What is Trigger Point Therapy?
A trigger point is a knotted muscle that, when treated, releases the knot, thereby improving health and reducing pain. This treatment method is known as trigger point therapy. When these tight, contracted muscles are pressed, they can cause referred pain in other areas of the body, such as the shoulder joint. A trigger point can also lead to decreased blood flow and impaired nerve function, resulting in reduced oxygen and nutrient delivery to the muscle, making it more vulnerable to injury. The trigger point release is one of the most effective ways to treat pain from tight muscles. It’s also a safe and self-help way to treat yourself when you’re injured and can’t visit a physical therapist.
How does Trigger Point Therapy Help?
It is difficult to describe this condition in simple terms, but I will attempt to do so using a car analogy. Your car does not run properly, so you take it to the mechanic, who tells you that the fuel filter is clogged. You replace the filter, and the car runs smoothly again. The mechanic finds a problem before you do. In Trigger Point Therapy, injuries are often caused by problems with the surrounding muscle tissue. The patient does not feel this, however, so it goes unnoticed. There are a lot of people who have been suffering from chronic pain for a long time and who have seen many doctors and tried many treatments without any results. In reality, the trigger points in the muscles cause the pain. Trigger Point Therapy addresses the source of the pain in order to eliminate it and help the patient remain healthy.
I have part two of Bill Huhn’s guest blog post on trigger point therapy and rotator cuff exercises.
William Huhn, also known as Bill, has over 2000 hours of private study in Trigger Point Therapy, Bowen Technique, Fitness Theory, and Exercise Physiology.
In part one, Bill Huhn explained:
Many people believe that the shoulder is an incredibly complex joint. This belief has stemmed from the difficulty in rehabilitating a dislocated shoulder, which requires at least six weeks of recovery time and can be uncomfortable because of its proximity to other joints. However, there are many ways to rehabilitate this injury without using surgery.
In this blog post, Bill gives his recommendation when rehabilitating the shoulder.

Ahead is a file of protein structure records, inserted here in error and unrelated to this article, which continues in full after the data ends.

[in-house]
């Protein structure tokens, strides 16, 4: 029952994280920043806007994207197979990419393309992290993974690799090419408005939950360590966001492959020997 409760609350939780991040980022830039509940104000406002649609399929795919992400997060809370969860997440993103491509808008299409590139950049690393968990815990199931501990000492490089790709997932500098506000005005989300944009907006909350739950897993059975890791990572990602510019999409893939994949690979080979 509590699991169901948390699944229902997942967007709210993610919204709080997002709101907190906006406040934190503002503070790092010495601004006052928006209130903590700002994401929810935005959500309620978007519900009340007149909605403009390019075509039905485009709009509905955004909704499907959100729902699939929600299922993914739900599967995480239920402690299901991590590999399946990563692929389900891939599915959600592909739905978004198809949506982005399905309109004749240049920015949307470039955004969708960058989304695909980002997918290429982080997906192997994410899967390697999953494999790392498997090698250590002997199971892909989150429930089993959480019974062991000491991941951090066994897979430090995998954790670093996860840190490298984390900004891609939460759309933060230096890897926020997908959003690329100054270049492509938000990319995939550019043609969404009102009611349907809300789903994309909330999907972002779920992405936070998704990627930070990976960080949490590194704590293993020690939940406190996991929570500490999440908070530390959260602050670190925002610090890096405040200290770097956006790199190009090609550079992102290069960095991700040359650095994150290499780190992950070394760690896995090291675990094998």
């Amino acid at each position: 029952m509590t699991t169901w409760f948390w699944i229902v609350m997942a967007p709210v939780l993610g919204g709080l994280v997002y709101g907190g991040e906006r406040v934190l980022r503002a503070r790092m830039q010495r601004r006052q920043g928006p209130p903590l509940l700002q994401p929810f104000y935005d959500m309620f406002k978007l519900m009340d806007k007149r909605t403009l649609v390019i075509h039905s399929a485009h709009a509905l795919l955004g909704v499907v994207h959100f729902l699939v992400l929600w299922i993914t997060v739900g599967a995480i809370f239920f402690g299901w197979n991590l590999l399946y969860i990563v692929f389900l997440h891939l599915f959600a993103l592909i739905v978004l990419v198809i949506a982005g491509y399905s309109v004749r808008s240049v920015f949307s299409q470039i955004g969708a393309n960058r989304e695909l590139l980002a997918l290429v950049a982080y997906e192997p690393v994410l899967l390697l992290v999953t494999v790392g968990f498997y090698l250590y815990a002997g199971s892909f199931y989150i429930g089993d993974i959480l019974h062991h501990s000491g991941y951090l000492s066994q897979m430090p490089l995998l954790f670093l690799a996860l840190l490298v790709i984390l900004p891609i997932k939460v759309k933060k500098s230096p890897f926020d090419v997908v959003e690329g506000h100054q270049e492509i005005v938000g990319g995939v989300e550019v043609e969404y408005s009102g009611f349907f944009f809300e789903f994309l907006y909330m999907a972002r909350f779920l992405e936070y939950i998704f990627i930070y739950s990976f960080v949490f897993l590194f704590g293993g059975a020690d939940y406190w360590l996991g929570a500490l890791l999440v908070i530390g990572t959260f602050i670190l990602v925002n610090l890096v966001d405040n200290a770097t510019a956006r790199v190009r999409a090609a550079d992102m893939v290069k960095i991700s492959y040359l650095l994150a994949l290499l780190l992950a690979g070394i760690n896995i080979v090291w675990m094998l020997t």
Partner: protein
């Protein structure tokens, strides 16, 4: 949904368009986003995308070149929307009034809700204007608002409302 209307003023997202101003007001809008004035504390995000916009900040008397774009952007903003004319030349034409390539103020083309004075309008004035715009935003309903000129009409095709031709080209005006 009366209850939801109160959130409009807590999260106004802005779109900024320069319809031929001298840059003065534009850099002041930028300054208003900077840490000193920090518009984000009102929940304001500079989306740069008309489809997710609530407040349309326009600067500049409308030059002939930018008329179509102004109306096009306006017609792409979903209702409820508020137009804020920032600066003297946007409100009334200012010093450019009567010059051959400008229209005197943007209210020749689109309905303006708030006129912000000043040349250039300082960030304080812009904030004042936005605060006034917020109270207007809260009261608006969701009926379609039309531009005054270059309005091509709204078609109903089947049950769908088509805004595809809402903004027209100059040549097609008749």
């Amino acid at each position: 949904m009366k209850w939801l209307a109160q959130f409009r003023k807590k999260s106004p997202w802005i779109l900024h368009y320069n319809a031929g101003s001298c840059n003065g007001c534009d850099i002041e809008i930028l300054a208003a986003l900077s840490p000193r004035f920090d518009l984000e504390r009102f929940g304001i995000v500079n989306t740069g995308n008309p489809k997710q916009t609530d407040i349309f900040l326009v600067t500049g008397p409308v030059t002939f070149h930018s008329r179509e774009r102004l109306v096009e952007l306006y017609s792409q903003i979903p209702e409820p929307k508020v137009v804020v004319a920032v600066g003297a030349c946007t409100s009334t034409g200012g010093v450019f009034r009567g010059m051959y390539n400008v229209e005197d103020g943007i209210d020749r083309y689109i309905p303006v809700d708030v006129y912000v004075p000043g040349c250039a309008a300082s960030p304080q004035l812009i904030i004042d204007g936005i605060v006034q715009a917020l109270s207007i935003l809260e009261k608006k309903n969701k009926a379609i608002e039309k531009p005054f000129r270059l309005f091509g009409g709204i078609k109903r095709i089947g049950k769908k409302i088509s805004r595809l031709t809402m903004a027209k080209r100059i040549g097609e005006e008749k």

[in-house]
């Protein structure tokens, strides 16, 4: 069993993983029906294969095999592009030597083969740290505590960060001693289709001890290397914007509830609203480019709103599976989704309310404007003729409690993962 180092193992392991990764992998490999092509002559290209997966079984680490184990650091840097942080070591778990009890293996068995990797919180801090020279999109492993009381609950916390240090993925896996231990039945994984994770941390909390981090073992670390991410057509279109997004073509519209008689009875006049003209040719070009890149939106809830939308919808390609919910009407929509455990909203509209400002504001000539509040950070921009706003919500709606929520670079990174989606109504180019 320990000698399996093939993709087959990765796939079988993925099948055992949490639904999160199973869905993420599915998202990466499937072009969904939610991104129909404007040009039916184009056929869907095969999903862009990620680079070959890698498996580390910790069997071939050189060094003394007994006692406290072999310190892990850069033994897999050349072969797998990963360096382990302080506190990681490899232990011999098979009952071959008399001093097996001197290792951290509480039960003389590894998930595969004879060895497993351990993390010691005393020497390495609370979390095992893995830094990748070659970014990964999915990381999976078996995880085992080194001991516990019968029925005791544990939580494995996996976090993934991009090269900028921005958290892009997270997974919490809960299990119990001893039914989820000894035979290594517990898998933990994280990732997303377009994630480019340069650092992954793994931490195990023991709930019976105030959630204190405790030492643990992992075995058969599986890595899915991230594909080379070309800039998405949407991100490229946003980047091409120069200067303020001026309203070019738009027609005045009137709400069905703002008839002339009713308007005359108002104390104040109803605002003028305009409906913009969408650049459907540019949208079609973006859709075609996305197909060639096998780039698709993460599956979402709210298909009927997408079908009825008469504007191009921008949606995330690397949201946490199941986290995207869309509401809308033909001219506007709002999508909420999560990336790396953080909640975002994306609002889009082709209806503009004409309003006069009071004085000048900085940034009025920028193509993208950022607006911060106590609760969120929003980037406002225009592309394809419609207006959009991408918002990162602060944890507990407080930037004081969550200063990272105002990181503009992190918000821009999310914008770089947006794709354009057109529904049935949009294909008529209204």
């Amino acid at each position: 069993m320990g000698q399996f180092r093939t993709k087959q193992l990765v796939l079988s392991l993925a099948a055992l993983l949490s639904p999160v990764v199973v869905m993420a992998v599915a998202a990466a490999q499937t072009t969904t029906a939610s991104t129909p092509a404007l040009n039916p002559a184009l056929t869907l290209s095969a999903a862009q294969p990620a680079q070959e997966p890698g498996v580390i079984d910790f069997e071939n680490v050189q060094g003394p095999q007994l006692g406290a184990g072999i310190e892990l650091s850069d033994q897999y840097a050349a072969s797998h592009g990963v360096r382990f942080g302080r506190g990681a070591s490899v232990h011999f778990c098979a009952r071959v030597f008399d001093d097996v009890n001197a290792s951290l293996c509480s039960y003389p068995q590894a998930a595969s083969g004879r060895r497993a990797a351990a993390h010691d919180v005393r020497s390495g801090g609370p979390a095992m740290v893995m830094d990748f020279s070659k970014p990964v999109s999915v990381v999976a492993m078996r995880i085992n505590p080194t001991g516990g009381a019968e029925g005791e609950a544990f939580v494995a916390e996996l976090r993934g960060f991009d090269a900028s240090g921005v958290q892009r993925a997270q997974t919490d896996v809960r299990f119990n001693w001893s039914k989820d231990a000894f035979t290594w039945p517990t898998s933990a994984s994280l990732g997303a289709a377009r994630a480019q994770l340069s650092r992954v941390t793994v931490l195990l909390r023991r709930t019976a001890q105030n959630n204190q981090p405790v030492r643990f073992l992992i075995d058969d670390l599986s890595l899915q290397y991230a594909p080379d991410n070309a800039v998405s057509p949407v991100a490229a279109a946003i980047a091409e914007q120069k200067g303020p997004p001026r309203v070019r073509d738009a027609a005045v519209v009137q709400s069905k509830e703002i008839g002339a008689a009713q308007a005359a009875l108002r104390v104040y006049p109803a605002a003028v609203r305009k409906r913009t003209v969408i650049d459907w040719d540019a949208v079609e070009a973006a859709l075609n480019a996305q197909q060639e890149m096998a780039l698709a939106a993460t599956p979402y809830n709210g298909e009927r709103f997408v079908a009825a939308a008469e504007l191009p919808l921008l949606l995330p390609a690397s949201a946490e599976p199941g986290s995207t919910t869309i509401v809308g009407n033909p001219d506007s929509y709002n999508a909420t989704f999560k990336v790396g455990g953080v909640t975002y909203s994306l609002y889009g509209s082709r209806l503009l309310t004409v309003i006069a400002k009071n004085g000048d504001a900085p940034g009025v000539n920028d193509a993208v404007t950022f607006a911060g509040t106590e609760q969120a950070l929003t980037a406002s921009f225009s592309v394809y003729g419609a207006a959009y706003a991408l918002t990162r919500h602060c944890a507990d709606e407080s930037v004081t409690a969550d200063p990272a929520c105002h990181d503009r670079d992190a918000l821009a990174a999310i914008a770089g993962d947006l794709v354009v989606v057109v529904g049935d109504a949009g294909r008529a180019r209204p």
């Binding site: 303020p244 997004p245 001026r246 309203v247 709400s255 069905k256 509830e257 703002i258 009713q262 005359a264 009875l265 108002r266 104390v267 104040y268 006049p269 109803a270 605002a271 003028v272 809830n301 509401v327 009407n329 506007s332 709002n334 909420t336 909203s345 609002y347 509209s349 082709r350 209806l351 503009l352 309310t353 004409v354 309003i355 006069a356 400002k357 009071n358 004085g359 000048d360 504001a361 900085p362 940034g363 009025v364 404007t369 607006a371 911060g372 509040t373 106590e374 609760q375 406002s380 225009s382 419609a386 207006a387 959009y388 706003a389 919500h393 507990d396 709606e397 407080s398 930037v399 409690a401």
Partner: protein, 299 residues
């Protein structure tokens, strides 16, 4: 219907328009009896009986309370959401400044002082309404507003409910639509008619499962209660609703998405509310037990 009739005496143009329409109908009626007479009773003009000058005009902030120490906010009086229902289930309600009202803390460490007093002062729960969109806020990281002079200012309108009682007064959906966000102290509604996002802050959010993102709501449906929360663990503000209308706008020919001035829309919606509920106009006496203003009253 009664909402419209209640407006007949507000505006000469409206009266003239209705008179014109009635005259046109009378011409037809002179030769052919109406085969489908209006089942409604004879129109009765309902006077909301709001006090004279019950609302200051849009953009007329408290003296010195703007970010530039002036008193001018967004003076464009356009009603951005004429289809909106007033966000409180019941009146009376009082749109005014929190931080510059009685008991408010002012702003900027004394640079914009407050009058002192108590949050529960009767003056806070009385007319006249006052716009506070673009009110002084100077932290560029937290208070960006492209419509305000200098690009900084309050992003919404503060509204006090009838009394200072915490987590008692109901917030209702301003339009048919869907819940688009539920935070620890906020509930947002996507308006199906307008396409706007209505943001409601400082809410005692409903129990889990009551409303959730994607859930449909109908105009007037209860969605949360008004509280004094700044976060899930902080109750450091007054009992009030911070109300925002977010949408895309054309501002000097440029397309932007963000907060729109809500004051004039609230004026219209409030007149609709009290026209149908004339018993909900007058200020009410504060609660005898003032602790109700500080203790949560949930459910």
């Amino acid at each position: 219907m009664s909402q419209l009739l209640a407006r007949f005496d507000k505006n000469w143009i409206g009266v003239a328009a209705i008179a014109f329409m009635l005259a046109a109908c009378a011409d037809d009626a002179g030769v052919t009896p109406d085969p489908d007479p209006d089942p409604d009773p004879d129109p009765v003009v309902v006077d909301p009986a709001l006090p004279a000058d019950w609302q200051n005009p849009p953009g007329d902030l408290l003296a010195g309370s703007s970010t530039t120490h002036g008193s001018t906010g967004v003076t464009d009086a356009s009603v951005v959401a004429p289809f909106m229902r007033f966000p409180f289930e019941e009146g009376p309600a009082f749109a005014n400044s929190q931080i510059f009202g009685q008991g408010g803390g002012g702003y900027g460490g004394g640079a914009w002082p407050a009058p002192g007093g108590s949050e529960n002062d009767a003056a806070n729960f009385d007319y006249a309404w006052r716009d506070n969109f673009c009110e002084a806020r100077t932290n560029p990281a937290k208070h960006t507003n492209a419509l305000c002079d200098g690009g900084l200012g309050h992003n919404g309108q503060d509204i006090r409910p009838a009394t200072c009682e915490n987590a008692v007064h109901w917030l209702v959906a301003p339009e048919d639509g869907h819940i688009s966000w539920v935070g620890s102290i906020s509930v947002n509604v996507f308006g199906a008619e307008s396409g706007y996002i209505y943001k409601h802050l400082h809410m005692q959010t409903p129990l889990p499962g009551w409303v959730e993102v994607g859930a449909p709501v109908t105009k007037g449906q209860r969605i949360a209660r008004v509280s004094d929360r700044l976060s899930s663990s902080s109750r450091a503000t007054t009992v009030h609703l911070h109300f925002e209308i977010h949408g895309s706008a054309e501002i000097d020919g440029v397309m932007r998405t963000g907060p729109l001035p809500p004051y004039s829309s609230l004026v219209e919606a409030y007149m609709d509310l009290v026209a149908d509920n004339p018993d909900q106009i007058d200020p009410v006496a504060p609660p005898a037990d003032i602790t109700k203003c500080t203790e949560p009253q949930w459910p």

Bill Huhn’s Recommended Trigger Point Protocol for Rehabilitating Shoulder Issues
Check all related muscles for TrPs (this includes the rotator cuff muscles (SITS), scapular suspension muscles, and all muscles that may be an underlying cause of the perpetuation or recurrence of the issue(s).
When you find the TrPs remove them. Self-treatment can be effective, or see a knowledgeable Trigger Point bodyworker. During this stage, you should cease exercising and stretching the muscles that contain the TrPs. This doesn’t mean stopping all movement (not healthy for the muscle tissue) but severely limiting the strain, you place on the involved muscle(s). SITS muscles are relatively small, considering the work they must carry out every day. They are consequently highly susceptible to re-affliction if they exercise or stretch while TrPs are present.
Keep those involved muscles warm! The treatments will fail if you apply ice to the muscles with TrPs. The cold will cause muscular contraction and further “entrench” the TrPs, thereby causing perpetuation of the issue.
- The muscle is an organ like any other organ in the body. When damaged, it needs time to heal. Once the TrPs are removed, you must wait at least two weeks before starting an exercise routine. (Caution – the shoulder issue may feel better, but there are still TrPs.) This is crucial to allow the afflicted muscle to heal and return to normal function. Once the muscle has healed, I highly recommend finding a good trainer (preferably one who knows shoulders) for the next part of your rehab. It will help if you start it gently (shoulder issues are challenging to resolve because shoulders are easily re-injured) and slowly build up the exercise routine. The muscles can now build mass and strengthen the shoulder area.
Note: The same protocol is used for TrPs throughout the body. However, some muscles will benefit from very mild (preferably passive) stretching during the TrP treatment phase of the rehab.
Recall, no stretching for shoulder TrP issues. Stop exercising and stretching the TrP-containing muscles.
- William Huhn of www.TriggerPoint.com
Trigger Point Bodyworker
NCBTMB Approved Provider
Thank you for reading.
If you are a fitness professional looking for information on Bill Huhn’s trigger point courses, click here.
Until then, take care.
Rick Kaselj, MS